The moms’ guide to parenting trans-questioning kids
Earlier this month, Democrat Minnesota Governor Tim Walz signed an executive order prohibiting the enforcement of court orders or child protection laws from other states if they interfere with a parent’s desire to provide puberty blockers, cross-sex hormones and sex change operations to their minor children.
At the signing ceremony, Democrat Lieutenant Governor Peggy Flanagan, flanked by trans activists and young children, said: “When our children tell us who they are, it is our job as grown-ups to listen and to believe them. That’s what it means to be a good parent.”
Children often imagine themselves as something they’re not. Kids role play and pretend to be different characters from beloved movies or books. Parents can and should encourage such imaginative play and might even consider buying costumes, even using the character’s name for a time. But there are limits. Adults are there to pull them back to reality. That’s a parent’s job.
Parents handle teen impulses similarly. Teenage years are a natural time for experimentation, and parents generally allow teens to present themselves differently, changing their hair and dress, but discourage them from making lasting decisions — like getting a tattoo — since we know teens are capricious and their love for a particular trend is likely to fade and lead to future regret.
Sadly, today, children of all ages are being encouraged to entertain the dangerous myth that they have been born in the wrong body. Is it good parenting to immediately affirm such declarations, stopping natural puberty, removing healthy breast tissue, and even removing or altering healthy sexual organs?
Society has always understood that kids need special protections because they are too young to make informed decisions about their long-term best interests. In other words, kids — including teens — are naturally short-sighted. Fitting in with a peer group and following a trend can seem the most important priority in the world to a vulnerable 13-year-old.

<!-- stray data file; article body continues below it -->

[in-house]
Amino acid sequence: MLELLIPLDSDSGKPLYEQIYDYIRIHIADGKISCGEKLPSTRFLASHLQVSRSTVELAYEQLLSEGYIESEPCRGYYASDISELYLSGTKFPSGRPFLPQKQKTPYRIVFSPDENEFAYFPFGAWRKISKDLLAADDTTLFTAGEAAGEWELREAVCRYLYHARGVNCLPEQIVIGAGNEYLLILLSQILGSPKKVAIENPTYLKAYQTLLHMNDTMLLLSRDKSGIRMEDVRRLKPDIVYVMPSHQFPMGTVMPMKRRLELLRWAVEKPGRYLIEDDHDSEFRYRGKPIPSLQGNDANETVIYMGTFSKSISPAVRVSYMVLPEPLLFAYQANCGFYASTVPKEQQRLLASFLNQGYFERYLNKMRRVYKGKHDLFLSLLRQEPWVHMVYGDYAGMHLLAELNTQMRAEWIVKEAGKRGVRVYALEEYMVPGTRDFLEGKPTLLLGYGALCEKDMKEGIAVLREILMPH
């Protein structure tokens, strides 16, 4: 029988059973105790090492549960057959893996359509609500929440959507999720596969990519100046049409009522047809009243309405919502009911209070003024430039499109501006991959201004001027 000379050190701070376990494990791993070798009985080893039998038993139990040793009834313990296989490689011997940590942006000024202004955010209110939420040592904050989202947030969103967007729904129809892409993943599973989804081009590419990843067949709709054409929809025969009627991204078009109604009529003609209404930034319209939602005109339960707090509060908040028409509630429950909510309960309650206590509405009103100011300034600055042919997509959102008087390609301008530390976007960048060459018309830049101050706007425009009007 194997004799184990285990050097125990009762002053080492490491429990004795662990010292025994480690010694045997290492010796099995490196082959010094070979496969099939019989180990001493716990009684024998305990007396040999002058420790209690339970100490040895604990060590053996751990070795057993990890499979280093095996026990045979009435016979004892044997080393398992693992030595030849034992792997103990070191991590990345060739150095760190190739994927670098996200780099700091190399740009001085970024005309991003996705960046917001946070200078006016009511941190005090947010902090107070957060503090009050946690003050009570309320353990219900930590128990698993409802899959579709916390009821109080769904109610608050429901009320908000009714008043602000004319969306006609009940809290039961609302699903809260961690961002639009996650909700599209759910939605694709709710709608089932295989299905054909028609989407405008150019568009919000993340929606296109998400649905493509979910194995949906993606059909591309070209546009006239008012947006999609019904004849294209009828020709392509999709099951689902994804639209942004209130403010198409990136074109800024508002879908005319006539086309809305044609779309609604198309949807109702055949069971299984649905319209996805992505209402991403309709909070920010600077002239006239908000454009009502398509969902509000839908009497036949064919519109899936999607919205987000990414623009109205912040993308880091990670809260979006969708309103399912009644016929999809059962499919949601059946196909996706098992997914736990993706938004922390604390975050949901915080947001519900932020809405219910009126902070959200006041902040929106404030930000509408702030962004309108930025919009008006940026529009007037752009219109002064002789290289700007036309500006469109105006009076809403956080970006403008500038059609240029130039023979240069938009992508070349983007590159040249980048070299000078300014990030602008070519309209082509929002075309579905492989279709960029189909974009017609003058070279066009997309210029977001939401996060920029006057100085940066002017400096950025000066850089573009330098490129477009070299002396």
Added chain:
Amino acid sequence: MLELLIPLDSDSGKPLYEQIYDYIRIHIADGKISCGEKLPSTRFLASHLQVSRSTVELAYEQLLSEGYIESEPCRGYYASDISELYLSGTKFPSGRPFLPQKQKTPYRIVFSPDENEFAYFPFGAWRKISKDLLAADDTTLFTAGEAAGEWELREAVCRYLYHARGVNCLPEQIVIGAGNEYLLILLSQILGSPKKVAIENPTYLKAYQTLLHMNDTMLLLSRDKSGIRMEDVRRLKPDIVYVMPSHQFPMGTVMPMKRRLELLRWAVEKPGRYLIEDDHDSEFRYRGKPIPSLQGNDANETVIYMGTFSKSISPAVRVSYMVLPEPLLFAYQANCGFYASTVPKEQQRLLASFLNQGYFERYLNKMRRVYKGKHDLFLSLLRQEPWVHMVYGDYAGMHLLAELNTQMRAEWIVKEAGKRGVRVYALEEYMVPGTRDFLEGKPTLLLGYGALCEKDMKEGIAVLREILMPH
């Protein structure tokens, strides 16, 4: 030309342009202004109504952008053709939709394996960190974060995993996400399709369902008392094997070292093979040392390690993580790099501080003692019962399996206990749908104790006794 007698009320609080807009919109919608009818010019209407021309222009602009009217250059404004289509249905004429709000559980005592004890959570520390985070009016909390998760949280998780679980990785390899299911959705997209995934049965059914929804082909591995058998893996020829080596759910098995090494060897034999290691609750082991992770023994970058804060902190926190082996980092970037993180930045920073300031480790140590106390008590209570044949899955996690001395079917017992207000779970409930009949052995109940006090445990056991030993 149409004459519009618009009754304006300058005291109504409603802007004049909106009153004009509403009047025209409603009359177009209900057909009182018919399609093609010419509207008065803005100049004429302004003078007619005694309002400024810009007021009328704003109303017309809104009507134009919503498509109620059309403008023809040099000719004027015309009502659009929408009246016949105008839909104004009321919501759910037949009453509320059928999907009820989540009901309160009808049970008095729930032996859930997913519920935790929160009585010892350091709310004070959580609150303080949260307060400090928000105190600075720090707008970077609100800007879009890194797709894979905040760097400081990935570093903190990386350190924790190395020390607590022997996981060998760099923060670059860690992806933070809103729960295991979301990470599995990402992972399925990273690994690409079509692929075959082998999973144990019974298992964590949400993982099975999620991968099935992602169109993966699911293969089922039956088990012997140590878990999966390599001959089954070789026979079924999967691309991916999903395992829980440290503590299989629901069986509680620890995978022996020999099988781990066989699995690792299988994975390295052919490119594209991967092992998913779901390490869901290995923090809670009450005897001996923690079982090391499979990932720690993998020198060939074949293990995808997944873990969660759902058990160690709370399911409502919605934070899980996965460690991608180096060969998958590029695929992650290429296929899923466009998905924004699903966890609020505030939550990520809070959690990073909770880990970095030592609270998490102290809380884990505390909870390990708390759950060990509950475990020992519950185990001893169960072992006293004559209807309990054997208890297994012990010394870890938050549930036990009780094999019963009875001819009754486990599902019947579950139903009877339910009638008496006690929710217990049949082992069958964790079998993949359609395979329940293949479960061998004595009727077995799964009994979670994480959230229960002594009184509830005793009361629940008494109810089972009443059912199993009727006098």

We adults know better, or at least we used to. This is why laws generally set the legal age of adulthood at 18. Parents, not children, are supposed to help with decision-making so that people do not have to live with life-long consequences from decisions made at 13 years old.
Minors cannot legally purchase alcohol, cigarettes, e-cigarettes or vape liquid, or marijuana. They cannot apply for a driver’s license, or even go on a field trip at school without a parent’s permission. There are age limits for getting tattoos, pierced ears, and other body modifications. Minors can’t legally purchase pornography or even attend an R-rated movie until they turn 17 years old. The U.S. Department of Health and Human Services even acknowledges that children are unable to provide informed consent to participate in medical research.
Some lawmakers think 18 years old is too young for adulthood and far too young to face the consequences of adult decisions — like committing a crime. In fact, in Maryland, Democrat lawmakers want to make it illegal to charge anyone under 25 years old with felony murder because brain development isn’t complete until that age.
Shouldn’t these policymakers apply the same standard to taking life-altering, potentially sterilizing and life-shortening drugs and surgical procedures?
At the very least, shouldn’t policymakers stop calling people bad parents for wanting to move slowly and cautiously when their child makes these sorts of demands?
Additional legal protections for children may be needed, but more centrally our society needs to re-establish the social norms associated with protecting children, their mental well-being, and their physical health.
The job of parents and society is to provide guidance and guard rails so that children, teenagers, and young adults can navigate life and learn from the various phases they enter and exit to emerge as healthy, confident, self-assured, and productive adults who are ready to lead meaningful lives.
That — not blind affirmation — is good parenting.
Carrie Lukas is vice president of Independent Women’s Voice.